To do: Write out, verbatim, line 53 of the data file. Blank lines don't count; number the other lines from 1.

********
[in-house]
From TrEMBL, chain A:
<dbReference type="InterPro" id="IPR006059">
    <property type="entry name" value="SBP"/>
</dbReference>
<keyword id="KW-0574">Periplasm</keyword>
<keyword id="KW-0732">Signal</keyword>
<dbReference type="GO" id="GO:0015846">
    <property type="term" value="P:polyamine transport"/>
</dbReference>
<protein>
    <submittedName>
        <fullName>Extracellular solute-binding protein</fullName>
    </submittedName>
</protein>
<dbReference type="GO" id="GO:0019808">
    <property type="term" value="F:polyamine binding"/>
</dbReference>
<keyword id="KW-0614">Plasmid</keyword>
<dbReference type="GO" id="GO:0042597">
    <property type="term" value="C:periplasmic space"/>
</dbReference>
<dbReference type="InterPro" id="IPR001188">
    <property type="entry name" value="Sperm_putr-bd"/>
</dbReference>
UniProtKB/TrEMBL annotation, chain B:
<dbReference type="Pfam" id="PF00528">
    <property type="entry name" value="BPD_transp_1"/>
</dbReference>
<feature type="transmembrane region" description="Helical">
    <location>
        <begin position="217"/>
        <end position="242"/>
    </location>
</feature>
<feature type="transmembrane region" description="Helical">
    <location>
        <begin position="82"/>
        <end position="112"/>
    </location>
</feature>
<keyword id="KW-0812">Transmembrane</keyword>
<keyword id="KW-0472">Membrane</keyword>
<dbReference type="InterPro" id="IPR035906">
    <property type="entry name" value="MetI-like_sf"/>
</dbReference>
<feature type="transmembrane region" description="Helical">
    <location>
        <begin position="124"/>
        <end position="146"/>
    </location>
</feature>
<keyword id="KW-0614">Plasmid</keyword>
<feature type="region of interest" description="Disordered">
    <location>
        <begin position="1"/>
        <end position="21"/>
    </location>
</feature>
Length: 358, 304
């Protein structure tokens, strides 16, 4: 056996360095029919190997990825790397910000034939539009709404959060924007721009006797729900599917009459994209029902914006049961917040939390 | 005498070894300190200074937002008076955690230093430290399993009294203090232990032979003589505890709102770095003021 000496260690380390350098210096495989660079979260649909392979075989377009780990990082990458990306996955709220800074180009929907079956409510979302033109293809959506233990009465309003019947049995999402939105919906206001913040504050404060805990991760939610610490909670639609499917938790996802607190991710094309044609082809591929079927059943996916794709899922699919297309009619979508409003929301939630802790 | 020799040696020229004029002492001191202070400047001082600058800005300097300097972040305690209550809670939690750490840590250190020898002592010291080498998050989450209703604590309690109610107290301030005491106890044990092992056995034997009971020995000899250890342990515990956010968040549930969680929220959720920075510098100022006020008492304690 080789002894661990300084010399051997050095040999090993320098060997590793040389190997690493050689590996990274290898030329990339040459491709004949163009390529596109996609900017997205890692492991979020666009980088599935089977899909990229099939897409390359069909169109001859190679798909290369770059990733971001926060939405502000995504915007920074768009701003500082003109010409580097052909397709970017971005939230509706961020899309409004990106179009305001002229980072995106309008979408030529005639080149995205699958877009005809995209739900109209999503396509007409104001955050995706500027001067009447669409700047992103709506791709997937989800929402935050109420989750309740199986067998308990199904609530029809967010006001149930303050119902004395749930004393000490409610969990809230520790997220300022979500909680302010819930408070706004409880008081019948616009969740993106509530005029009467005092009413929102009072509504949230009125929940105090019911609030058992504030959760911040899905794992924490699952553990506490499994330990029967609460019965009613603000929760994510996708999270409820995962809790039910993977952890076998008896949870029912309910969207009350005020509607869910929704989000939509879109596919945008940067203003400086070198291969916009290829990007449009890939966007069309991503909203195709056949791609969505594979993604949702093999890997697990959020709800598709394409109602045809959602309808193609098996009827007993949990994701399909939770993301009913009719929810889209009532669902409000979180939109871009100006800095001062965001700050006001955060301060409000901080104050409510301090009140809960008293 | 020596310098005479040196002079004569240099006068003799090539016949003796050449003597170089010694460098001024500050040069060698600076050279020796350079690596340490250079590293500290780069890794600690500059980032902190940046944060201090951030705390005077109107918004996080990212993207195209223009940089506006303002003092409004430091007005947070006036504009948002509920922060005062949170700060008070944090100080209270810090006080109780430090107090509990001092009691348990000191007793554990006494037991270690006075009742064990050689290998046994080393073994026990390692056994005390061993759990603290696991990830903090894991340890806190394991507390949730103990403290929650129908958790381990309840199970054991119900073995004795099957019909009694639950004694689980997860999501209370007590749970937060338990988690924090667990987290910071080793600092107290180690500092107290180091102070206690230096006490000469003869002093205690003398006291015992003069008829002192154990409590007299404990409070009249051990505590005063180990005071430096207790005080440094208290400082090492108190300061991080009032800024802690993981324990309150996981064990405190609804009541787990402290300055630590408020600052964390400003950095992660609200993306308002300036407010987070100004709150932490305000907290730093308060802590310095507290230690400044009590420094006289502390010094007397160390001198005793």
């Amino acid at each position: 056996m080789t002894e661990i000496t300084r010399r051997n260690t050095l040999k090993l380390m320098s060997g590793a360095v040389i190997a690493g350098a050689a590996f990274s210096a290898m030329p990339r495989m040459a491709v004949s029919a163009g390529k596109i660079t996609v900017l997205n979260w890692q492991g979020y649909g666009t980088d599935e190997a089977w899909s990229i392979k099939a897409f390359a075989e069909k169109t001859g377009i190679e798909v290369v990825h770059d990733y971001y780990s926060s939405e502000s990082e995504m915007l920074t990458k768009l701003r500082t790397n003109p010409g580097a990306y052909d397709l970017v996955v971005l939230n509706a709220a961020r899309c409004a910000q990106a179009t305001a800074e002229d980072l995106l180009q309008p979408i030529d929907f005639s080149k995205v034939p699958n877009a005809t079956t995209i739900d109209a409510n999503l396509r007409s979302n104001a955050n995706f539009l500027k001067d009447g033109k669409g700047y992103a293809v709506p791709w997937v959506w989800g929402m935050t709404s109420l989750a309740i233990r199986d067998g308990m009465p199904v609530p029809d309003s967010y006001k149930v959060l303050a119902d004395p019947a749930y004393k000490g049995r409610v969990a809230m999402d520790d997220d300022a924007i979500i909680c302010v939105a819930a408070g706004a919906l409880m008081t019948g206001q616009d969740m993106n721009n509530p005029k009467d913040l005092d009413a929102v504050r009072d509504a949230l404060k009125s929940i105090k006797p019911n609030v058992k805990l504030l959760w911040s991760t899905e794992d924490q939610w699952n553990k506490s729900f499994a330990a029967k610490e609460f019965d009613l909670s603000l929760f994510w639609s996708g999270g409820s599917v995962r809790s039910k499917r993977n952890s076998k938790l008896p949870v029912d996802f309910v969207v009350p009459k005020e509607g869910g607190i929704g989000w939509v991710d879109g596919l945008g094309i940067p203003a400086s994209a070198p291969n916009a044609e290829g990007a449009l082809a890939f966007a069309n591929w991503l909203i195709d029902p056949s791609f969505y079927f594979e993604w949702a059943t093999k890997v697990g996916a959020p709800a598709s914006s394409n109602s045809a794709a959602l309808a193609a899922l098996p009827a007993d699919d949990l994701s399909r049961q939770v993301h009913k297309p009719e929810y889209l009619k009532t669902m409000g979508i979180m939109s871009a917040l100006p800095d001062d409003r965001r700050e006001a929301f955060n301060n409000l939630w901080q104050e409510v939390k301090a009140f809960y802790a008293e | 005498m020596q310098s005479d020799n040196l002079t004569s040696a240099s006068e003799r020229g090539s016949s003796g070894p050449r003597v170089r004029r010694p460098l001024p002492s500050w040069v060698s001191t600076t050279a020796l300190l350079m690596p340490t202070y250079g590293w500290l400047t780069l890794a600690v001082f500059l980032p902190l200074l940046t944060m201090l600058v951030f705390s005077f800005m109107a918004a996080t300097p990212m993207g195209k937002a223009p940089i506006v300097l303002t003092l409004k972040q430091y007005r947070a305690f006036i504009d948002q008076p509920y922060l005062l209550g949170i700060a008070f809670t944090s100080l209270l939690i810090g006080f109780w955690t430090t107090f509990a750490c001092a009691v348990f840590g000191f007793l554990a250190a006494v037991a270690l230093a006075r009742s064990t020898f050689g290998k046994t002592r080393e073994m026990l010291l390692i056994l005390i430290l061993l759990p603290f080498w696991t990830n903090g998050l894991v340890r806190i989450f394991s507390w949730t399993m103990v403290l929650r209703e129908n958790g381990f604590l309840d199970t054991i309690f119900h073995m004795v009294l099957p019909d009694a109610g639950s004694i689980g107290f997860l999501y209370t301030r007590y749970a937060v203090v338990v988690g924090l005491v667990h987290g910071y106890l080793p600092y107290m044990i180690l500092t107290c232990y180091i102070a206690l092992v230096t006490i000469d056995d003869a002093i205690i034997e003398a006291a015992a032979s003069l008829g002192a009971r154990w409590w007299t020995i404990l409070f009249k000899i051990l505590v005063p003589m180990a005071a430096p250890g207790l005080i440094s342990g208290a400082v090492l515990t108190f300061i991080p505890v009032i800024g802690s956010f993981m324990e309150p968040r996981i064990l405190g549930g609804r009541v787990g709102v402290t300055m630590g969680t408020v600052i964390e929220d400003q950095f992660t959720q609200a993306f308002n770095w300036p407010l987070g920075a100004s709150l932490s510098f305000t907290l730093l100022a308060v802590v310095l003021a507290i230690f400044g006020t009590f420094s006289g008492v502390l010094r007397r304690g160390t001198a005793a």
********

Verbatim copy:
<keyword id="KW-0614">Plasmid</keyword>